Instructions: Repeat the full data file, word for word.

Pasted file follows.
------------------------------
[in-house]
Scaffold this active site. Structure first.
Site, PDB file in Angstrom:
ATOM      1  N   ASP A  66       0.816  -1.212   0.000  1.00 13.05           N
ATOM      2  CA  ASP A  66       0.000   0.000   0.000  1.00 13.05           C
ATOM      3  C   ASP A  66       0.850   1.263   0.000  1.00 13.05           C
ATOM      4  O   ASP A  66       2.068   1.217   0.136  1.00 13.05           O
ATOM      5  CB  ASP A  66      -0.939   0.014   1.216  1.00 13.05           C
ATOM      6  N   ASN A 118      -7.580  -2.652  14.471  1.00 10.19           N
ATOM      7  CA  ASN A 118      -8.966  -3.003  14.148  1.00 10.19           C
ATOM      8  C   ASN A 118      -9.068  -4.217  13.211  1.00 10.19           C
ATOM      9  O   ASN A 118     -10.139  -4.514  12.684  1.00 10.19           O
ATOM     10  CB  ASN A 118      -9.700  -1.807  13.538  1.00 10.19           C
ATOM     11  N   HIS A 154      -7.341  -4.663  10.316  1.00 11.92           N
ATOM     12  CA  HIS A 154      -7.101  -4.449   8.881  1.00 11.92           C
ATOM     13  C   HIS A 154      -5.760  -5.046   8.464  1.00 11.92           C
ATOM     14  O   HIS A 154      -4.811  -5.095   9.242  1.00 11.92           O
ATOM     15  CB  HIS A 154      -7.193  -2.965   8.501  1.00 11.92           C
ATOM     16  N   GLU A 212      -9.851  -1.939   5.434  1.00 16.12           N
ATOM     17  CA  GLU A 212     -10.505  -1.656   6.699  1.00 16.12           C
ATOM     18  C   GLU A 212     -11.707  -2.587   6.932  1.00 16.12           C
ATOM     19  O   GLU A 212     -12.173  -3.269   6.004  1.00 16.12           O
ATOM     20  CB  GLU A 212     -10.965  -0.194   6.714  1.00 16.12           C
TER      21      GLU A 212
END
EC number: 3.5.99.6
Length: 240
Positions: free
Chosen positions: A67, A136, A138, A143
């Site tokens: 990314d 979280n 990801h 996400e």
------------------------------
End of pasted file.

[in-house]
Scaffold this active site. Structure first.
Site, PDB file in Angstrom:
ATOM      1  N   ASP A  66       0.816  -1.212   0.000  1.00 13.05           N
ATOM      2  CA  ASP A  66       0.000   0.000   0.000  1.00 13.05           C
ATOM      3  C   ASP A  66       0.850   1.263   0.000  1.00 13.05           C
ATOM      4  O   ASP A  66       2.068   1.217   0.136  1.00 13.05           O
ATOM      5  CB  ASP A  66      -0.939   0.014   1.216  1.00 13.05           C
ATOM      6  N   ASN A 118      -7.580  -2.652  14.471  1.00 10.19           N
ATOM      7  CA  ASN A 118      -8.966  -3.003  14.148  1.00 10.19           C
ATOM      8  C   ASN A 118      -9.068  -4.217  13.211  1.00 10.19           C
ATOM      9  O   ASN A 118     -10.139  -4.514  12.684  1.00 10.19           O
ATOM     10  CB  ASN A 118      -9.700  -1.807  13.538  1.00 10.19           C
ATOM     11  N   HIS A 154      -7.341  -4.663  10.316  1.00 11.92           N
ATOM     12  CA  HIS A 154      -7.101  -4.449   8.881  1.00 11.92           C
ATOM     13  C   HIS A 154      -5.760  -5.046   8.464  1.00 11.92           C
ATOM     14  O   HIS A 154      -4.811  -5.095   9.242  1.00 11.92           O
ATOM     15  CB  HIS A 154      -7.193  -2.965   8.501  1.00 11.92           C
ATOM     16  N   GLU A 212      -9.851  -1.939   5.434  1.00 16.12           N
ATOM     17  CA  GLU A 212     -10.505  -1.656   6.699  1.00 16.12           C
ATOM     18  C   GLU A 212     -11.707  -2.587   6.932  1.00 16.12           C
ATOM     19  O   GLU A 212     -12.173  -3.269   6.004  1.00 16.12           O
ATOM     20  CB  GLU A 212     -10.965  -0.194   6.714  1.00 16.12           C
TER      21      GLU A 212
END
EC number: 3.5.99.6
Length: 240
Positions: free
Chosen positions: A67, A136, A138, A143
């Site tokens: 990314d 979280n 990801h 996400e």